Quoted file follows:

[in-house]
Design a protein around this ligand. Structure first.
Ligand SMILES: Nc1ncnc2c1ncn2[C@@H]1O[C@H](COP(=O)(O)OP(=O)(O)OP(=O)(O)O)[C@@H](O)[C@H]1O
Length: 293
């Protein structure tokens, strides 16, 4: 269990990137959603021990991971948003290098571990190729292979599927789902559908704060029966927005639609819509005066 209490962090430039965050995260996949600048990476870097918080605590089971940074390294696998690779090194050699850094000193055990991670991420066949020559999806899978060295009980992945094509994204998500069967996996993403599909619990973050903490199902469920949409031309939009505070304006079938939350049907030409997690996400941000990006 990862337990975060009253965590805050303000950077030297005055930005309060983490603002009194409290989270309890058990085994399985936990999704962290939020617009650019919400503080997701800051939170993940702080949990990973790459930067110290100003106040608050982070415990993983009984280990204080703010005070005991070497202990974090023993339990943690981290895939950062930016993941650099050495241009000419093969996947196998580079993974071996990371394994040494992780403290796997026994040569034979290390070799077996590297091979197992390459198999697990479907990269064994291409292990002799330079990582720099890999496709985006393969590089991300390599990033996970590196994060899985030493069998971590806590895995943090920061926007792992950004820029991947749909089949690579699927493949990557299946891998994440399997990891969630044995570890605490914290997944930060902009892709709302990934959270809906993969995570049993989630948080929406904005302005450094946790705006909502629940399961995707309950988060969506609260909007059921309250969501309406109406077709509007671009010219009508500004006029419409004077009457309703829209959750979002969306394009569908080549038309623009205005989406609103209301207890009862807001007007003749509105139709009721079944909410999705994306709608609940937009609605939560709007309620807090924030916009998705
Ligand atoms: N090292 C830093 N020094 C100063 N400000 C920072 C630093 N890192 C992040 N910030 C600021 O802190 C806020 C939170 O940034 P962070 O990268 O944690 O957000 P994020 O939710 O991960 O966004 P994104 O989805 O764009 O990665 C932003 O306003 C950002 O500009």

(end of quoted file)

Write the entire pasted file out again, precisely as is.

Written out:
[in-house]
Design a protein around this ligand. Structure first.
Ligand SMILES: Nc1ncnc2c1ncn2[C@@H]1O[C@H](COP(=O)(O)OP(=O)(O)OP(=O)(O)O)[C@@H](O)[C@H]1O
Length: 293
């Protein structure tokens, strides 16, 4: 269990990137959603021990991971948003290098571990190729292979599927789902559908704060029966927005639609819509005066 209490962090430039965050995260996949600048990476870097918080605590089971940074390294696998690779090194050699850094000193055990991670991420066949020559999806899978060295009980992945094509994204998500069967996996993403599909619990973050903490199902469920949409031309939009505070304006079938939350049907030409997690996400941000990006 990862337990975060009253965590805050303000950077030297005055930005309060983490603002009194409290989270309890058990085994399985936990999704962290939020617009650019919400503080997701800051939170993940702080949990990973790459930067110290100003106040608050982070415990993983009984280990204080703010005070005991070497202990974090023993339990943690981290895939950062930016993941650099050495241009000419093969996947196998580079993974071996990371394994040494992780403290796997026994040569034979290390070799077996590297091979197992390459198999697990479907990269064994291409292990002799330079990582720099890999496709985006393969590089991300390599990033996970590196994060899985030493069998971590806590895995943090920061926007792992950004820029991947749909089949690579699927493949990557299946891998994440399997990891969630044995570890605490914290997944930060902009892709709302990934959270809906993969995570049993989630948080929406904005302005450094946790705006909502629940399961995707309950988060969506609260909007059921309250969501309406109406077709509007671009010219009508500004006029419409004077009457309703829209959750979002969306394009569908080549038309623009205005989406609103209301207890009862807001007007003749509105139709009721079944909410999705994306709608609940937009609605939560709007309620807090924030916009998705
Ligand atoms: N090292 C830093 N020094 C100063 N400000 C920072 C630093 N890192 C992040 N910030 C600021 O802190 C806020 C939170 O940034 P962070 O990268 O944690 O957000 P994020 O939710 O991960 O966004 P994104 O989805 O764009 O990665 C932003 O306003 C950002 O500009």